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County Commissioners Want To Make Voting Safer, Allocate Funding To Residents Who Need Housing

A voter walks into a San Antonio polling place for the Super Tuesday primary on March 3, 2020.
Lauren Terrazas | Texas Public Radio
A voter walks into a San Antonio polling place for the Super Tuesday primary on March 3, 2020.

Bexar County Commissioners met on Tuesday to discuss a myriad of concerns related to COVID-19, including the November election, housing assistance and the overall unease of the public health crisis.


Due to widespread delays in USPS deliveries, as well as the removal of several mail-sorting machines from a mail distribution center in San Antonio, the commissioners expressed concern for the upcoming election.

The group directed county staff to begin contract negotiations with private mail carriers for the delivery of mail-in ballot applications to residents 65 and older for the Nov. 3 election.

The staff will work with Bexar County Elections Administrator Jacque Callanen to create a mailing list of voters who are eligible and to  send those residents mail-in voting applications with two-way paid postage. The commissioners want to keep residents who are high-risk for COVID-19 at home on Election Day and away from long voting lines.

County Judge Nelson Wolff said private carriers have to be considered and that contract talks need to start quickly for the applications to be approved in time for the election.

“What we’re worried about because of all the information we are getting from the postal system is that they may not be able to deliver them. So, the question is, ‘Can we give the county manager authority to get a contract signed with somebody?’” he said.

Commissioners are expected to hear an update on the contract discussions next Tuesday.


Also on Tuesday, the commissioners heard an update on spending under the Bexar County Strong program, which aims to assist residents with finding jobs and housing as the COVID-19 crisis persists.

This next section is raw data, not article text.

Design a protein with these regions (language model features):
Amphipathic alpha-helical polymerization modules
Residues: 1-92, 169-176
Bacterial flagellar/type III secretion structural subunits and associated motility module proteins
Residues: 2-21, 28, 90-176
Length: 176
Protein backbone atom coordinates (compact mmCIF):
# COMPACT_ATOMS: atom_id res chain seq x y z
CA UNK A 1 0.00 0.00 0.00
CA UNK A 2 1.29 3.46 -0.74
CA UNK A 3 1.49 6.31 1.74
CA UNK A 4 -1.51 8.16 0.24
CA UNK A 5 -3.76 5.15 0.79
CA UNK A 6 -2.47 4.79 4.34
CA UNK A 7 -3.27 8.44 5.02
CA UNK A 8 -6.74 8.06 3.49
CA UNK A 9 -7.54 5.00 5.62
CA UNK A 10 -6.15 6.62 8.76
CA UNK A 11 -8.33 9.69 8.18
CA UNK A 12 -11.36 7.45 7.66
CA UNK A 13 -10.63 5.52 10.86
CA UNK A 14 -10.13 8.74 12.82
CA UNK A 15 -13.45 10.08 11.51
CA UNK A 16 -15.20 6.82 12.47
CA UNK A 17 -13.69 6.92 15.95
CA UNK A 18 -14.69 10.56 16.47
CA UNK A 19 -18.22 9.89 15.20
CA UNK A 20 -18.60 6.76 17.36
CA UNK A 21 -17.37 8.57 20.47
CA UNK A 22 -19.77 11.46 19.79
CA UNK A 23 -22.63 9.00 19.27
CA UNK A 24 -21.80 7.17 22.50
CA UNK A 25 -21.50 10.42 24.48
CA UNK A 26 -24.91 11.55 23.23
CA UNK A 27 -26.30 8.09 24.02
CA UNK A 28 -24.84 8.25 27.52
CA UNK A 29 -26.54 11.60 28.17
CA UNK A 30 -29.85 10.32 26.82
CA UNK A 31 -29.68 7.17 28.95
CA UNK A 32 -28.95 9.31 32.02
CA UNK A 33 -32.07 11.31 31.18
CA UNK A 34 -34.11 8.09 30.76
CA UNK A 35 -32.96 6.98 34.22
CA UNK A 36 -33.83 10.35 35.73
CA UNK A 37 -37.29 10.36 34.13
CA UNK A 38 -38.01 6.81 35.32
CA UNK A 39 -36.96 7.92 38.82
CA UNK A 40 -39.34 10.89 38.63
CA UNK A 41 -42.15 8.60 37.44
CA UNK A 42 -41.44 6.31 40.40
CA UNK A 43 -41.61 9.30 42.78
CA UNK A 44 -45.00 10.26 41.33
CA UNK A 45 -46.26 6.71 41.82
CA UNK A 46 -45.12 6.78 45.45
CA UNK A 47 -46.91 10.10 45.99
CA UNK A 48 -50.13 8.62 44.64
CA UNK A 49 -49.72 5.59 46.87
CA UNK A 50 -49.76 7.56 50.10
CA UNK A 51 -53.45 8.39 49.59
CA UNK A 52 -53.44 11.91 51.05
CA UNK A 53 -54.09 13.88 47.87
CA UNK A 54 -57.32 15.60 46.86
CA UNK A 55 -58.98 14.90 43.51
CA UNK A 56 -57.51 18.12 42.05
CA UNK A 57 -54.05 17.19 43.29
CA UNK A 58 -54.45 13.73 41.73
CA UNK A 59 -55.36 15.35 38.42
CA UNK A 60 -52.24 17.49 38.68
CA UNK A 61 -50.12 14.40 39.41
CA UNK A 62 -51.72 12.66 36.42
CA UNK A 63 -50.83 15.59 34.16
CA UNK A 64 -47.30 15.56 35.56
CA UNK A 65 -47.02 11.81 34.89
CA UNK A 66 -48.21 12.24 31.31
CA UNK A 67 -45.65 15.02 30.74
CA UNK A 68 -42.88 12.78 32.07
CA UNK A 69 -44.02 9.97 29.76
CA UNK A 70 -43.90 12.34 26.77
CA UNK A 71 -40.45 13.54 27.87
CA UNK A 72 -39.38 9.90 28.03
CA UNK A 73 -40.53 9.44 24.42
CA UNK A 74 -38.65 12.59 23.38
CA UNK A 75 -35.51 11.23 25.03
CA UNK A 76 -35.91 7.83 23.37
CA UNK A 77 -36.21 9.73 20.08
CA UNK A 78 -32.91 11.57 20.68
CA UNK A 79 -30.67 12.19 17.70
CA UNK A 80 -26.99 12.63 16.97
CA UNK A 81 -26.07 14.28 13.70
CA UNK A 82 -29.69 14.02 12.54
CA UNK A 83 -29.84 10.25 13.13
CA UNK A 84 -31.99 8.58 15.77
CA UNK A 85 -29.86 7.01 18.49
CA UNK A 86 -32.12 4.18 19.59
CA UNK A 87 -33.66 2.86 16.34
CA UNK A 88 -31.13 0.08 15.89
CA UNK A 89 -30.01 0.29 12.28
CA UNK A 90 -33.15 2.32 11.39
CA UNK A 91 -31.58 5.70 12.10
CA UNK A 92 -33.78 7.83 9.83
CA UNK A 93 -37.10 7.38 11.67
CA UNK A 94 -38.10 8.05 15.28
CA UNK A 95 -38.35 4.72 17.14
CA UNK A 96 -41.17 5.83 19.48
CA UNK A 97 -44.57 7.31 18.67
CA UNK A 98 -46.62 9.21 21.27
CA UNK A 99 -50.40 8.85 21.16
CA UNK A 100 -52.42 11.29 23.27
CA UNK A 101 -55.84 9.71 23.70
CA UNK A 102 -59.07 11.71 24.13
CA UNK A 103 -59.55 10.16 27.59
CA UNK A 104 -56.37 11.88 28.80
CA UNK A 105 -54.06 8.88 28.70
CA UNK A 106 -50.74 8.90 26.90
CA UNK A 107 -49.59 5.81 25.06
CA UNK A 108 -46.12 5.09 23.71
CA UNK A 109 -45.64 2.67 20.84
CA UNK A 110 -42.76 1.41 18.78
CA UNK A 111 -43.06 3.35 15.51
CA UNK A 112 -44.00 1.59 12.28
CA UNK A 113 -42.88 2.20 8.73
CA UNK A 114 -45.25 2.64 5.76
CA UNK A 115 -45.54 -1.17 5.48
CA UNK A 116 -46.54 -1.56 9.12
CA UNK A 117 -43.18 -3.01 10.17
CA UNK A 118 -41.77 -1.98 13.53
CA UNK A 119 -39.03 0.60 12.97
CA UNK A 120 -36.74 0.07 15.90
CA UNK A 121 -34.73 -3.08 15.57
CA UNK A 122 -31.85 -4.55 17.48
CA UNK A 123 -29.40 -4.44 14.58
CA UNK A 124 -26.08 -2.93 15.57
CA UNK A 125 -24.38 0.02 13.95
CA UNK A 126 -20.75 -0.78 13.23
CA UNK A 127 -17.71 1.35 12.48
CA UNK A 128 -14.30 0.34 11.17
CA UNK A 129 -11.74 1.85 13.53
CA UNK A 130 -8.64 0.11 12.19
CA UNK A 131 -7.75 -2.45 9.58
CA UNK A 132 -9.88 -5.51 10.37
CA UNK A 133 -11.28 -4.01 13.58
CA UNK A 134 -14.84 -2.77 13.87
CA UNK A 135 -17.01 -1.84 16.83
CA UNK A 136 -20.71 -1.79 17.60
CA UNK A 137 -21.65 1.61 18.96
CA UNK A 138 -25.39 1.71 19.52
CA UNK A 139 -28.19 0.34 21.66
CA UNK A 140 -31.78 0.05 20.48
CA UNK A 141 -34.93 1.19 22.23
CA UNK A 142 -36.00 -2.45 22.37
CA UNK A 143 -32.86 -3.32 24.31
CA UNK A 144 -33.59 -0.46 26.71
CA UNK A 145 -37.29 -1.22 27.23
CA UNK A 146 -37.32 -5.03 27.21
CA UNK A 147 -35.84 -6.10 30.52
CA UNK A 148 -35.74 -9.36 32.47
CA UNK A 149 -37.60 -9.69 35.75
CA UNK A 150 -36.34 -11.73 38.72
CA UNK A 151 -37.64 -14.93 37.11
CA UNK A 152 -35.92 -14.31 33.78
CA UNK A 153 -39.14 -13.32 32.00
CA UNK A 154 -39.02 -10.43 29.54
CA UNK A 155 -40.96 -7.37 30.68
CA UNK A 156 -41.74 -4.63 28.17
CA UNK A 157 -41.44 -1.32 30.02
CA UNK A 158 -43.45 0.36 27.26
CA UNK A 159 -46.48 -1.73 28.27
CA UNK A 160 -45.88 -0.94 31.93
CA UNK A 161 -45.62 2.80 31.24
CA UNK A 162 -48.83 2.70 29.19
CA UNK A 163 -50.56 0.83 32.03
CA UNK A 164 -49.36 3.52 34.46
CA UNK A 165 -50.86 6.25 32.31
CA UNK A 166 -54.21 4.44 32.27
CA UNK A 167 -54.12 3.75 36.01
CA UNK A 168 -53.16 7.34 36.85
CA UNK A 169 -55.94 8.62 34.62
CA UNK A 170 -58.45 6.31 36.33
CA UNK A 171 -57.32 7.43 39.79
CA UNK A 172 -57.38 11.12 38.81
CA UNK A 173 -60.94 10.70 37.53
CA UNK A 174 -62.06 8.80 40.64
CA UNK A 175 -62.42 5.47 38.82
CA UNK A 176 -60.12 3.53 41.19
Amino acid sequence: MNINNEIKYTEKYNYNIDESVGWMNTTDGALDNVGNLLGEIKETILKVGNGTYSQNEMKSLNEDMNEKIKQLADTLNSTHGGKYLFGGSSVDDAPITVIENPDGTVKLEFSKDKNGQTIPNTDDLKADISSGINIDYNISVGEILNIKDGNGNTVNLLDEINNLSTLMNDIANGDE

Precinct 2 Commissioner Justin Rodriguez is concerned about a backlog of 900 cases in which residents sought help with rent and other housing costs. These cases fall under the Temporary Rental Assistance Measure (TRAM).

Rodriguez said the county has yet to spend $1 million of the $5.4 million for the program.

“We got to figure out how to get that money out there quicker,” Rodriguez said.

Bexar County Economic and Community Development Director David Marquez said they are taking action to tackle the backlog, including possibly moving TRAM to the City of San Antonio.


Commissioners had good news for small local businesses that collectively took $5 million in loans from the county when the outbreak began. Those loans have now been converted into completely forgivable grants.

They also approved $500,000 more in funding for the Bexar County Family Justice Center, as domestic violence has increased during the virus outbreak.

Executive Director Crystal Chandler, told commissioners the center took in 54% more cases in June than it did during the same month last year. She said a new online protective order system should reduce wait time for victims.

Precinct 1 Commissioner Sergio “Chico” Rodriguez said those domestic violence victims include grandparents, who are being pressured or threatened by children and grandchildren to make changes to their wills during this time of uncertainty.


Commissioners also heard from Post Acute Medical Specialty Hospital officials, who reduced the COVID-19 patient load on the University Health System by accepting 250 patients that required extensive ICU stays.

Dr. Andro Herrera-Mendoza said such public-private collaborations will be important in post-acute care for patients as the outbreak continues.

Some patients are still not recovered 60-days after illness, he said, so acute care needs will be growing even more.

Herrera-Mendoza said “we’re in a perfect storm” with a trifecta of experiencing the long-term effects of COVID, the more immediate COVID-19 response this fall and the impending flu season.

He said the start of the school year and complacency are other threats to maintaining progress.


University Health System President and Executive George Hernandez recommended to commissioners to keep the hospital district property tax rate at 27 cents per $100 valuation. UHS reports only 22% of its budget comes from the property tax rate. County commissioners will adopt the final UHS tax rate following a public meeting on Sept. 1. 

Hospital officials are still working on the budget for 2021, but last year it was more than $2 billion. The Women’s and Children’s Tower is expected to open in early 2023.

Commissioners also voted to rename the Bexar County Fire Marshal’s building after the late Kyle Coleman, the county’s director of emergency management who passed away from COVID-19.

Brian Kirkpatrick can be reached at Brian@TPR.org and on Twitter at @TPRBrian.

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Brian Kirkpatrick can be reached at brian@tpr.org and on Twitter at @TPRBrian